SPRINGFIELD — It's been years since a formal count, but officials now estimate the number of people who have died in Greene County with their remains unclaimed, sitting in a cabinet, is now about 200.
The last count at Springfield Mortuary Service showed 182, but that number continues to grow as more of the county's deceased are not tended to by family.
Compared to the number of deaths in the county in a year, the number of unclaimed bodies is relatively low, said Tom Van De Berg, chief investigator in the county's medical examiner office.
But, unfortunately, the phenomenon of remains left unclaimed is still more common than many realize, said Jennifer Simmons of Springfield Mortuary Service. The company is located in a one-story building on Patterson Avenue and contracts with the county to transport bodies from the scene of a death to a location for investigations.
"There's no typical case," Simmons said. "Every person's story is different."
In some cases, the county can't find the person's family. Other times, the family won't, or can't, pay for services. In some rare cases, a body can't be identified.
In late 2006, a homeless man, about 60 years old, came into a Springfield hospital after suffering a stroke.
He didn't have any identification or give the hospital his name. He told the first responder to "call me old man."
But officials made note of his physical appearance — no teeth and his right arm amputated at the elbow, where he wore a hook prosthesis instead.
Officials had fingerprints, but they didn't match any databases in the area, Van De Berg said.
The body stayed at Springfield Mortuary for about six months before it had to be cremated to make space; the cremated remains stayed there for years.
Just last month, the man's daughter was searching on the Missouri State Highway Patrol website for information when she came across the description of the man she believed was her father.
She contacted officials and directed them to Texas, where they were able to get a positive match on the fingerprints. After more than seven years, John Doe was identified and his remains were sent home with family, Van De Berg said.
But for remains to suddenly be claimed is very rare.
Greene County's cache of ashes grows.
Greene County Administrator Tim Smith said there's no solution to the problem.
He said it often comes down to families refusing to take care of those who die, so the bodies are essentially dropped on the county.
Smith said Springfield Mortuary Service will take care of the bodies and bill the county in some situations, for example for a cremation. Simmons said the company only sends a bill if officials specifically ask for a cremation, so the cost to cremate most of the unclaimed bodies ultimately falls on the mortuary.
"We appreciate what they do," Smith said.
Simmons said families often don't realize they're responsible for the costs and plans for disposing of the body when a loved one dies.
"They assume there are county or state funds to cover the expense," she said. "They're kind of in shock. They think, 'Who pays for this?'"
That problem can be compounded by the difficult, emotional time a family can go through.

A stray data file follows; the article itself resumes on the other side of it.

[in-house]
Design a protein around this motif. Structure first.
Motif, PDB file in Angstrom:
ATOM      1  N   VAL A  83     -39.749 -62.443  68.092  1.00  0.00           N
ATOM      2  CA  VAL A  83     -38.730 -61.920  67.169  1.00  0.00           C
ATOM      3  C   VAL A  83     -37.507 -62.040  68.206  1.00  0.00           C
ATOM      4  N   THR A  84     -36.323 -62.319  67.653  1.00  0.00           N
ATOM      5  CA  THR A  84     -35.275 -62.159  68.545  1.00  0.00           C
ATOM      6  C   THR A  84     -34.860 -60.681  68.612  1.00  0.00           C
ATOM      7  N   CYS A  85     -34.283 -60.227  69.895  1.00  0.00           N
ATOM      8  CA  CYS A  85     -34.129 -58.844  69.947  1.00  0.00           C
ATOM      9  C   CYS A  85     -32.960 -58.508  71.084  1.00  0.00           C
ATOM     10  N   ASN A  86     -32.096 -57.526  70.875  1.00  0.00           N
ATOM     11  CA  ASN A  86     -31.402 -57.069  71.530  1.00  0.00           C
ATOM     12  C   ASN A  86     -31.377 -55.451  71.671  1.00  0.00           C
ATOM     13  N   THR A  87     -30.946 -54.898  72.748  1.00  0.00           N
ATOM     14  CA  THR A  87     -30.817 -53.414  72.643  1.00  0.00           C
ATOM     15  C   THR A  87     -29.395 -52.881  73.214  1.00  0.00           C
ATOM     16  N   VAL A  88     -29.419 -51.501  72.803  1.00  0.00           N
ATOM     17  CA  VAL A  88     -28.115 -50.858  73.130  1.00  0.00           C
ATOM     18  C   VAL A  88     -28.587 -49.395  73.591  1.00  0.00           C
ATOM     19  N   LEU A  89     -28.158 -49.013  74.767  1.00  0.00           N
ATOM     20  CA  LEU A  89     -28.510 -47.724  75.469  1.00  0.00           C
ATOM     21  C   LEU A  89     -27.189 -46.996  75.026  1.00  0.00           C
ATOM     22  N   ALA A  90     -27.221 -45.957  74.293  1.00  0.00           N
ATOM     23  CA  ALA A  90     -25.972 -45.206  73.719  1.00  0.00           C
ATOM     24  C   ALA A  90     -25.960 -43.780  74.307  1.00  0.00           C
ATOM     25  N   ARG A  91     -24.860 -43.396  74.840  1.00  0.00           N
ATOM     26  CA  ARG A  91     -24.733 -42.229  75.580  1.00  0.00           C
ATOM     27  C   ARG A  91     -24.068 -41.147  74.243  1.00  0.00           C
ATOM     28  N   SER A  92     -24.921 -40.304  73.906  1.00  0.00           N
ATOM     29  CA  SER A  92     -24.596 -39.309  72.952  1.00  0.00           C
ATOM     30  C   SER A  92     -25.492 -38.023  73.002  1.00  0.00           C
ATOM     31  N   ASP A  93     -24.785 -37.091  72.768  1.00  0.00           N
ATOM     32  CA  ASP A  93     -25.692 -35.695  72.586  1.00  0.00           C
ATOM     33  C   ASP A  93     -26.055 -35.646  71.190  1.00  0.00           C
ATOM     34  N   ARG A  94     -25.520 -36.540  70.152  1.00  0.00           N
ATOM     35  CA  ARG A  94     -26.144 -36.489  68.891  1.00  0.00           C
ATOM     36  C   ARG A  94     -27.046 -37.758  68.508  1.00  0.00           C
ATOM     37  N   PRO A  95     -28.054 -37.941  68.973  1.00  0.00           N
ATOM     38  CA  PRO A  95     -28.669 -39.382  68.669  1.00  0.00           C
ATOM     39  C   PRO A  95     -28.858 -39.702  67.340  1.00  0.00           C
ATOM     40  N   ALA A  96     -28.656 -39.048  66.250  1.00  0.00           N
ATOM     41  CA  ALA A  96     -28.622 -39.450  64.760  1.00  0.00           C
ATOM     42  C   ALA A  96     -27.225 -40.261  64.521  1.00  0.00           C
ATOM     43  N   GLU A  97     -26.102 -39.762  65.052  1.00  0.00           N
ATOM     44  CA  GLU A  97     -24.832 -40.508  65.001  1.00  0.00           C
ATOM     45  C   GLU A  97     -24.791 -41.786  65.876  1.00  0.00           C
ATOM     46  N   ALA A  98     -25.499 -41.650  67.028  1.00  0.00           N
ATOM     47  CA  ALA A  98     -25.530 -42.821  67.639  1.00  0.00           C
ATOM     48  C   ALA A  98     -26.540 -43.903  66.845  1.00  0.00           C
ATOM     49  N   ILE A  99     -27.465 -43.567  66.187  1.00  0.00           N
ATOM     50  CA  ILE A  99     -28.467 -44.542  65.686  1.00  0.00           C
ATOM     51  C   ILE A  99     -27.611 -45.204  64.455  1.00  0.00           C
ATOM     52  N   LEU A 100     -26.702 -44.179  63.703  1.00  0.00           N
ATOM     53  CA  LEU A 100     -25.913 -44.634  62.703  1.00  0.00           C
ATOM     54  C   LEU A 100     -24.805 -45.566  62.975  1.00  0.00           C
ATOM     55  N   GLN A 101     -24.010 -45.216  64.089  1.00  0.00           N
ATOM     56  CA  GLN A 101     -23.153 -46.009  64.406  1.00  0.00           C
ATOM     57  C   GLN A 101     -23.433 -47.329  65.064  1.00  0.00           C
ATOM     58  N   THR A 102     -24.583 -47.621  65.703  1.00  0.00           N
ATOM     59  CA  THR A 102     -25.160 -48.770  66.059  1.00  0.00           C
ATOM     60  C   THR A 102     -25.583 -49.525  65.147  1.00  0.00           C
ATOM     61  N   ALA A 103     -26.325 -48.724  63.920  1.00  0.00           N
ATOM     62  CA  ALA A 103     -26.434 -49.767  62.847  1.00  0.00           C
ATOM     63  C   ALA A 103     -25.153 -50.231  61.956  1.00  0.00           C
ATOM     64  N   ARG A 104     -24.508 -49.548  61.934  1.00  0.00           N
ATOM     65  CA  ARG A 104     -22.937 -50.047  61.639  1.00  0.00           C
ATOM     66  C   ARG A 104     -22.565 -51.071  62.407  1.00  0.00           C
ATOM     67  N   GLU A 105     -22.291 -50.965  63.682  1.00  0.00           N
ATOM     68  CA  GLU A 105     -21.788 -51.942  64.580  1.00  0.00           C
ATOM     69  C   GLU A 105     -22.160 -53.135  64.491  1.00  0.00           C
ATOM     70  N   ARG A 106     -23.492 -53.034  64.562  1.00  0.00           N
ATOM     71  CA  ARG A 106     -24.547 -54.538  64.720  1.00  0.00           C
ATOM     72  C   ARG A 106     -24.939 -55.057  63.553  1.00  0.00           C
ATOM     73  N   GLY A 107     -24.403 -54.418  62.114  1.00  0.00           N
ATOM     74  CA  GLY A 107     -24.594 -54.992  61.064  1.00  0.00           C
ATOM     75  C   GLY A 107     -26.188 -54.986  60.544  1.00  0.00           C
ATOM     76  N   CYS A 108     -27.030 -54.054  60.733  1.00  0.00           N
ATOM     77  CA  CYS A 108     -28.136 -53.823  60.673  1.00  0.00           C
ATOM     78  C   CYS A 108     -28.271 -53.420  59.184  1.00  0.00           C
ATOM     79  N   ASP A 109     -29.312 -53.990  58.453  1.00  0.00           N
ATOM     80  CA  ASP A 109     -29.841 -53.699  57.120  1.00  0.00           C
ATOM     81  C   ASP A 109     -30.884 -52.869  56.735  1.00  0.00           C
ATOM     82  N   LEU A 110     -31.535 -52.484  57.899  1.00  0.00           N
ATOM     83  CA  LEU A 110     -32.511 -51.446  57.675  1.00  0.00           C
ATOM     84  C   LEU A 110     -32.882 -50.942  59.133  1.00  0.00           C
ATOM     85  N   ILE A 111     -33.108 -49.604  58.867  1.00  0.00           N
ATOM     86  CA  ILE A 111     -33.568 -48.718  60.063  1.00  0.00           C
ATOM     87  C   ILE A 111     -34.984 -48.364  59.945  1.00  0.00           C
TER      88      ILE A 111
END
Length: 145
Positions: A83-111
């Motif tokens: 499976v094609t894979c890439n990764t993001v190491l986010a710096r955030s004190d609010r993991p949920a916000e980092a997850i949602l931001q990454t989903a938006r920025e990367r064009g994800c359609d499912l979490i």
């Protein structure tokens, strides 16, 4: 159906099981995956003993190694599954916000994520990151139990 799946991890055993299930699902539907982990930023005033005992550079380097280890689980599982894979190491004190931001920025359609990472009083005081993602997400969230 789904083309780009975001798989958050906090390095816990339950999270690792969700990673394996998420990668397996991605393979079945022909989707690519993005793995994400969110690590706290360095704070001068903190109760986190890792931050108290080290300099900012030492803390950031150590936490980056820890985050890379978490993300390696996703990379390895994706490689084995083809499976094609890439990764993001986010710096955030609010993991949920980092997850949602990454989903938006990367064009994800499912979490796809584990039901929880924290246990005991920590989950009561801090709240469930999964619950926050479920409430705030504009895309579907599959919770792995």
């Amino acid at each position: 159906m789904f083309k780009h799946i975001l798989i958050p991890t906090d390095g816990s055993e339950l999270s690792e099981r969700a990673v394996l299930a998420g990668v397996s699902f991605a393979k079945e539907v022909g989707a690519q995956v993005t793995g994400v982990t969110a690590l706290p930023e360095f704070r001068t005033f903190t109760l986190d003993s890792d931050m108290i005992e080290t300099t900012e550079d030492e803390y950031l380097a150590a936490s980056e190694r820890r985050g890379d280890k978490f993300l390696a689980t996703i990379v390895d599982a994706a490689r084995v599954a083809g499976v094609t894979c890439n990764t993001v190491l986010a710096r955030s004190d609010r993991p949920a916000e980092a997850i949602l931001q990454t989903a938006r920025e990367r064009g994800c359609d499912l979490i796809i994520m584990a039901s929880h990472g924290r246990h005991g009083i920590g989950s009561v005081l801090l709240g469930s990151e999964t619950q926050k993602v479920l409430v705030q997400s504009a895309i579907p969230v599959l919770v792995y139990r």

Simmons said it can be helpful for a person, before his or her death, to appoint someone to make decisions so the resting place of the body does not become a family dispute.
State law provides a way for a mortuary to dispose of unclaimed remains, but Simmons said her place of business, like many funeral homes, does not want to do that.
"We want to give people every opportunity to claim family members," she said.
It doesn't create a space issue — basically, all of the unclaimed remains are cremated.
Simmons said bodies are kept for a certain amount of time before the mortuary gets permission from the county to go ahead with cremation.
Dori Burke, the Boone County medical examiner investigator and past president of the Missouri Coroners' and Medical Examiners' Association, said unclaimed remains are a problem across the state.
"I know we have them here in Boone and Callaway counties," she said.
She said having remains go unclaimed isn't common, but she said the numbers do add up.
Don Otto, executive director of the Missouri Funeral Directors and Embalmers Association, agreed that the accumulation of remains is a common issue across the state, though he didn't have numbers.
"It's mostly anecdotal," he said.
He said the state law was revised in recent years to make it easier to dispose of unclaimed remains, but most funeral directors prefer to keep them.
"I know most funeral directors feel this way, and I do too," he said. "You never know when someone's going to come back to claim someone."
He said as long as funeral homes have the space to hold the remains, that's typically the route they go.
"I believe I've seen lives saved because someone was either able to obtain a family member's remains or see where they were interred," he said. "It allows them to go through the grieving process and say goodbye."
Burke keeps the unclaimed remains in her office. She said she has had 40 over about an 18-year period. Like others, she said she doesn't want to dispose of them — just in case. Just recently, a woman who was young when her father died came to claim his remains after several years.
Storing the remains is just part of the process. Otto said the cost of cremation is rising, and while he said he legally couldn't keep information on average costs, he said it's "not inexpensive."
The National Cremation Research Council estimates the cost of cremation services to be more than $1,000.